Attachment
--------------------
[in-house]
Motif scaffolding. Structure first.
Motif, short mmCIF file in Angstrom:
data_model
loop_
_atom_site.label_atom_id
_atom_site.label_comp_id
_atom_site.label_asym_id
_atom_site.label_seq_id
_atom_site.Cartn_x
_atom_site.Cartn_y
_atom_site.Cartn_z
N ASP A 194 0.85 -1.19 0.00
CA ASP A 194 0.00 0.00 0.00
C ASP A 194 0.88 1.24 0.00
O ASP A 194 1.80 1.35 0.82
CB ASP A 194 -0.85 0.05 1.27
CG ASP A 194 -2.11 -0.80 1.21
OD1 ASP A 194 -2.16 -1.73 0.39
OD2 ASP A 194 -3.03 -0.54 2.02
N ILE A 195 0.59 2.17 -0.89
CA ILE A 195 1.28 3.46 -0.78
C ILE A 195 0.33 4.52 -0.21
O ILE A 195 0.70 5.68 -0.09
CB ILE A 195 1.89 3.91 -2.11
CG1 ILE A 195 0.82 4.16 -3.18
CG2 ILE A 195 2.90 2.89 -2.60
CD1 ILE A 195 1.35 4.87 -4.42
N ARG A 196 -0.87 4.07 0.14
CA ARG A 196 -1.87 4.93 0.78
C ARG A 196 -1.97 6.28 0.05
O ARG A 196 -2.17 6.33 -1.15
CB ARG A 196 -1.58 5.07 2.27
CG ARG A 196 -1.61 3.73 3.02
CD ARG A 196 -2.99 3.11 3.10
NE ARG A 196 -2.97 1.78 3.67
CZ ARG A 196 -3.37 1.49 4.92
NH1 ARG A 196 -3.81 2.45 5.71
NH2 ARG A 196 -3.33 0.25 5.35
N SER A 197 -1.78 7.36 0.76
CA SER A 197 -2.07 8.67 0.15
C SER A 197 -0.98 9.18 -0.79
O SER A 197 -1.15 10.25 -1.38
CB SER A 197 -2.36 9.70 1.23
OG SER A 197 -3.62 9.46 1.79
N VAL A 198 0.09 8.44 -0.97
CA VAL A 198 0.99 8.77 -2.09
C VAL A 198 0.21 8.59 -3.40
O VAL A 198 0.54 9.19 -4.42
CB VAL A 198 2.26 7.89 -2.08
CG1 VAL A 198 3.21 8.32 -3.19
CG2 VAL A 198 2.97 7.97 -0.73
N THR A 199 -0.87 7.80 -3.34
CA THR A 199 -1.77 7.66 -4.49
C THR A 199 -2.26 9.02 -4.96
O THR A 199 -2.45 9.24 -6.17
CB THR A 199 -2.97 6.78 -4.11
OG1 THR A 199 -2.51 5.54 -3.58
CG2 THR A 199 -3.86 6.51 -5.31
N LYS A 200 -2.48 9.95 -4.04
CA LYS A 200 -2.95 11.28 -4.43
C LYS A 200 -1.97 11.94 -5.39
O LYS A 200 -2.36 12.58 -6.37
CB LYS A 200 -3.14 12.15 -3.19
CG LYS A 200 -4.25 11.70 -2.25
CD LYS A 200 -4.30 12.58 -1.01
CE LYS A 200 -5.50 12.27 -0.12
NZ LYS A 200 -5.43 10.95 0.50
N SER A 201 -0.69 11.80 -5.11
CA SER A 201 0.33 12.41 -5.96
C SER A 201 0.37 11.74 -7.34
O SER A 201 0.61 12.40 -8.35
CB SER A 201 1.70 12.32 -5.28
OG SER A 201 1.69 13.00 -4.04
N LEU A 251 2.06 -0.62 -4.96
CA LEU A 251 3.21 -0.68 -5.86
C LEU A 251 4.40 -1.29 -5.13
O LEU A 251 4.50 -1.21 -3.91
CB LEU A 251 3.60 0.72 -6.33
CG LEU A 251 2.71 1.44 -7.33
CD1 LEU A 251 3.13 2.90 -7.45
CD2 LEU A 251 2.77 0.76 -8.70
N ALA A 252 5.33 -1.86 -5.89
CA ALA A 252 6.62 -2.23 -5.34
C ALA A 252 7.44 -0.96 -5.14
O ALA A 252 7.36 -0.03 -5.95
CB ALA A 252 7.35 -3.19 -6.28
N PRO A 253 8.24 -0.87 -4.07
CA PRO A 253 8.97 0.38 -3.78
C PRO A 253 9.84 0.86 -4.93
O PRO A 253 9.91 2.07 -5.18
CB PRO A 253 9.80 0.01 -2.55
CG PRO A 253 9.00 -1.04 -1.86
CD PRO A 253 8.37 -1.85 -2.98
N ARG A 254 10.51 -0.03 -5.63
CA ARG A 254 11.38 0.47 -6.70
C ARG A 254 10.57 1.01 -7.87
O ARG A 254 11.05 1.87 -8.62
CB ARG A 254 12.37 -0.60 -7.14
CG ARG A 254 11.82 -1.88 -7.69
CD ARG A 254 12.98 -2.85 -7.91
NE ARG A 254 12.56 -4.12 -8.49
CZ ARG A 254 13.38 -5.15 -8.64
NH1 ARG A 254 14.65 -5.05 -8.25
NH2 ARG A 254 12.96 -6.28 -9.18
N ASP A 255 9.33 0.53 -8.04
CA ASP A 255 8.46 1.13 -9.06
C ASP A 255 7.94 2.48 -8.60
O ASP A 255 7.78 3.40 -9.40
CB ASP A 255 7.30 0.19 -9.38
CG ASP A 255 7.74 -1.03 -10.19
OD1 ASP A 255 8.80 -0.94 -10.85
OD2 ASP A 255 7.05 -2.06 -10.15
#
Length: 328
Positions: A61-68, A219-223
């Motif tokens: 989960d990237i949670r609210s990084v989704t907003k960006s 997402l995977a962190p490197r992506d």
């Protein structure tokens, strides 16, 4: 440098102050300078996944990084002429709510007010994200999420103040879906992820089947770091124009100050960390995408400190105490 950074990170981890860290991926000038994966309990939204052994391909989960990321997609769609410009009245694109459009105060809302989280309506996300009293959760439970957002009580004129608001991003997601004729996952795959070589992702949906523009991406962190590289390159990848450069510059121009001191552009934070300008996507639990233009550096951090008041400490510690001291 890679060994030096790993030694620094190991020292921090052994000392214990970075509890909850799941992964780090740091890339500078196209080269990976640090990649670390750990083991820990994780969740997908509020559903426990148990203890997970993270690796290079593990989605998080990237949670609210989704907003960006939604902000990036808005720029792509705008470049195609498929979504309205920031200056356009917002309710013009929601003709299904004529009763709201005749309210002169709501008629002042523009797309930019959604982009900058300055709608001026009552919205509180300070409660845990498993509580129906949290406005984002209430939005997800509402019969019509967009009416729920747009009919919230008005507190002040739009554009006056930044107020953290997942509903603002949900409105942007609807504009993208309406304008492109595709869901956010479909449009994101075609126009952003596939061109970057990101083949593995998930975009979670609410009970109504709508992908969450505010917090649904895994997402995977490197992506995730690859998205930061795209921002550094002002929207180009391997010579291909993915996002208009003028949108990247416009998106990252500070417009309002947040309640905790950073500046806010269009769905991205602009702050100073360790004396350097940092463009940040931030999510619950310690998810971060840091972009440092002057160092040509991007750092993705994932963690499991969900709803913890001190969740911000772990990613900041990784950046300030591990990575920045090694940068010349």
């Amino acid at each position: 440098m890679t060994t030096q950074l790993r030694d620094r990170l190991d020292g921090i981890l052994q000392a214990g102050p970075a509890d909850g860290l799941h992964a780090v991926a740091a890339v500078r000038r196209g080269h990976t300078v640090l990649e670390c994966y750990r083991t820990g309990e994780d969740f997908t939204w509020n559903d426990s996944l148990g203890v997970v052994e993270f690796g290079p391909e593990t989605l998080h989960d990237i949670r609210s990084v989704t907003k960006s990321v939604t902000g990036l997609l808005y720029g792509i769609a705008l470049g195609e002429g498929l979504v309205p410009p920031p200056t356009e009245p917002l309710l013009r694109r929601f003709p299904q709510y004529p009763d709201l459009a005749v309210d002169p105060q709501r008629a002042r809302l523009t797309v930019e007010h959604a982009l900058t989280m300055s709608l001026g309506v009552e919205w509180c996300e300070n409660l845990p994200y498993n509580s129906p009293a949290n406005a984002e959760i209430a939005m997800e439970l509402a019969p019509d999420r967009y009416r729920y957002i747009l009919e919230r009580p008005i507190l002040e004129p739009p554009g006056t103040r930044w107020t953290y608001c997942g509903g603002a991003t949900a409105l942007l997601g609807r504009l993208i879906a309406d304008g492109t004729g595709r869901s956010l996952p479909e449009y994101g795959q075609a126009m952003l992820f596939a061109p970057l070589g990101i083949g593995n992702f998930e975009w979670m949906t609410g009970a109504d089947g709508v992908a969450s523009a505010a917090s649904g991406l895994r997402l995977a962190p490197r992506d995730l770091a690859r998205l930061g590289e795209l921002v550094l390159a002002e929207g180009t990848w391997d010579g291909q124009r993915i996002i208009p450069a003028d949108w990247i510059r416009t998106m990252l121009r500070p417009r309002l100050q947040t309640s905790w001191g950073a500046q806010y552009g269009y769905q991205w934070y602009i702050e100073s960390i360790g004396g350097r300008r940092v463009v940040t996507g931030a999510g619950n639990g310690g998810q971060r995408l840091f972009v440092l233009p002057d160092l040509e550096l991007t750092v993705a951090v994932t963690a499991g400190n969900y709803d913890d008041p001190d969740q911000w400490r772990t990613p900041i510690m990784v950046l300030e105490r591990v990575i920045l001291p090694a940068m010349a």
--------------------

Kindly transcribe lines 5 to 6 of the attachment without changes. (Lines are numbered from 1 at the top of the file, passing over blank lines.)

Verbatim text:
loop_
_atom_site.label_atom_id